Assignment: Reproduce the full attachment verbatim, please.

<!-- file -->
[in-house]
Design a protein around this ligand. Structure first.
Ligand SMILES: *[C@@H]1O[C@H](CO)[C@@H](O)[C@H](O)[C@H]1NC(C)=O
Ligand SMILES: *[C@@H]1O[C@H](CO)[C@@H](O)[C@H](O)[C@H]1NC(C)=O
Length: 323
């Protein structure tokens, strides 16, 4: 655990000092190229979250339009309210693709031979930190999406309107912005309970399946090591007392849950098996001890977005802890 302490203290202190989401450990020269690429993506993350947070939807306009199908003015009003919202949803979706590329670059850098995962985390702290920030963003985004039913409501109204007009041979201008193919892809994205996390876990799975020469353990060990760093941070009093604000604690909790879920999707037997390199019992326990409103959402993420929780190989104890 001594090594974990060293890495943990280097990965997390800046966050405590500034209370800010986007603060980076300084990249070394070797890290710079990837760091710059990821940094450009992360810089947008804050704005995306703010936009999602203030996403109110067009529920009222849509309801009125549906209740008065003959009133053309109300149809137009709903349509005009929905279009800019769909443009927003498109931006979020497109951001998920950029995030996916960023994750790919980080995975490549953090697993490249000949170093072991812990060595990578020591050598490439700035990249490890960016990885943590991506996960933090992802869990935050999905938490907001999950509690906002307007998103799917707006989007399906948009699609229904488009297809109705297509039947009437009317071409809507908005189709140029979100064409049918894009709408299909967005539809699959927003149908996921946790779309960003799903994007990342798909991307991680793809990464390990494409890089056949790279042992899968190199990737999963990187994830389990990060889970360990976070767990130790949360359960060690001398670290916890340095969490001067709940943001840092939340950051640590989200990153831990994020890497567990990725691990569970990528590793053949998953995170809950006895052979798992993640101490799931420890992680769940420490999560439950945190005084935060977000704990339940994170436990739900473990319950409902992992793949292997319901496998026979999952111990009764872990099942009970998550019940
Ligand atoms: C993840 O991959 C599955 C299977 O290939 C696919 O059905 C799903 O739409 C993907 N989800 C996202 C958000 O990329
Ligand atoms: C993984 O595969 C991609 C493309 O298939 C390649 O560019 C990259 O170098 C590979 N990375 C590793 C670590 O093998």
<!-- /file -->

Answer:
[in-house]
Design a protein around this ligand. Structure first.
Ligand SMILES: *[C@@H]1O[C@H](CO)[C@@H](O)[C@H](O)[C@H]1NC(C)=O
Ligand SMILES: *[C@@H]1O[C@H](CO)[C@@H](O)[C@H](O)[C@H]1NC(C)=O
Length: 323
């Protein structure tokens, strides 16, 4: 655990000092190229979250339009309210693709031979930190999406309107912005309970399946090591007392849950098996001890977005802890 302490203290202190989401450990020269690429993506993350947070939807306009199908003015009003919202949803979706590329670059850098995962985390702290920030963003985004039913409501109204007009041979201008193919892809994205996390876990799975020469353990060990760093941070009093604000604690909790879920999707037997390199019992326990409103959402993420929780190989104890 001594090594974990060293890495943990280097990965997390800046966050405590500034209370800010986007603060980076300084990249070394070797890290710079990837760091710059990821940094450009992360810089947008804050704005995306703010936009999602203030996403109110067009529920009222849509309801009125549906209740008065003959009133053309109300149809137009709903349509005009929905279009800019769909443009927003498109931006979020497109951001998920950029995030996916960023994750790919980080995975490549953090697993490249000949170093072991812990060595990578020591050598490439700035990249490890960016990885943590991506996960933090992802869990935050999905938490907001999950509690906002307007998103799917707006989007399906948009699609229904488009297809109705297509039947009437009317071409809507908005189709140029979100064409049918894009709408299909967005539809699959927003149908996921946790779309960003799903994007990342798909991307991680793809990464390990494409890089056949790279042992899968190199990737999963990187994830389990990060889970360990976070767990130790949360359960060690001398670290916890340095969490001067709940943001840092939340950051640590989200990153831990994020890497567990990725691990569970990528590793053949998953995170809950006895052979798992993640101490799931420890992680769940420490999560439950945190005084935060977000704990339940994170436990739900473990319950409902992992793949292997319901496998026979999952111990009764872990099942009970998550019940
Ligand atoms: C993840 O991959 C599955 C299977 O290939 C696919 O059905 C799903 O739409 C993907 N989800 C996202 C958000 O990329
Ligand atoms: C993984 O595969 C991609 C493309 O298939 C390649 O560019 C990259 O170098 C590979 N990375 C590793 C670590 O093998």